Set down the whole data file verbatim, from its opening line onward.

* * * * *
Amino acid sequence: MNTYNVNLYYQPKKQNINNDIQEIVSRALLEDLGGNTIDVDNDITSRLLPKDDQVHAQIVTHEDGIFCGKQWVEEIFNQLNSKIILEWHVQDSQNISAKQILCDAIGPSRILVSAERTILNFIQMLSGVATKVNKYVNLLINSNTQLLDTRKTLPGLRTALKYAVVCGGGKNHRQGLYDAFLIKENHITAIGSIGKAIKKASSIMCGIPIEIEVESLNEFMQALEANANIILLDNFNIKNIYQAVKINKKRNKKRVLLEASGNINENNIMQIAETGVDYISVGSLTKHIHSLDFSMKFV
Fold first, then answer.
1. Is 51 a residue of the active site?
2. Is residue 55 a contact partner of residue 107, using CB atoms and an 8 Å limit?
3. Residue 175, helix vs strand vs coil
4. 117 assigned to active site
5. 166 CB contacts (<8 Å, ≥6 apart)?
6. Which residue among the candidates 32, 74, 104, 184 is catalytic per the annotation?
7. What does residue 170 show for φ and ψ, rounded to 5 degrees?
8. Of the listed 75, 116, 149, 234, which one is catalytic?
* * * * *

Amino acid sequence: MNTYNVNLYYQPKKQNINNDIQEIVSRALLEDLGGNTIDVDNDITSRLLPKDDQVHAQIVTHEDGIFCGKQWVEEIFNQLNSKIILEWHVQDSQNISAKQILCDAIGPSRILVSAERTILNFIQMLSGVATKVNKYVNLLINSNTQLLDTRKTLPGLRTALKYAVVCGGGKNHRQGLYDAFLIKENHITAIGSIGKAIKKASSIMCGIPIEIEVESLNEFMQALEANANIILLDNFNIKNIYQAVKINKKRNKKRVLLEASGNINENNIMQIAETGVDYISVGSLTKHIHSLDFSMKFV
Fold first, then answer.
1. Is 51 a residue of the active site?
2. Is residue 55 a contact partner of residue 107, using CB atoms and an 8 Å limit?
3. Residue 175, helix vs strand vs coil
4. 117 assigned to active site
5. 166 CB contacts (<8 Å, ≥6 apart)?
6. Which residue among the candidates 32, 74, 104, 184 is catalytic per the annotation?
7. What does residue 170 show for φ and ψ, rounded to 5 degrees?
8. Of the listed 75, 116, 149, 234, which one is catalytic?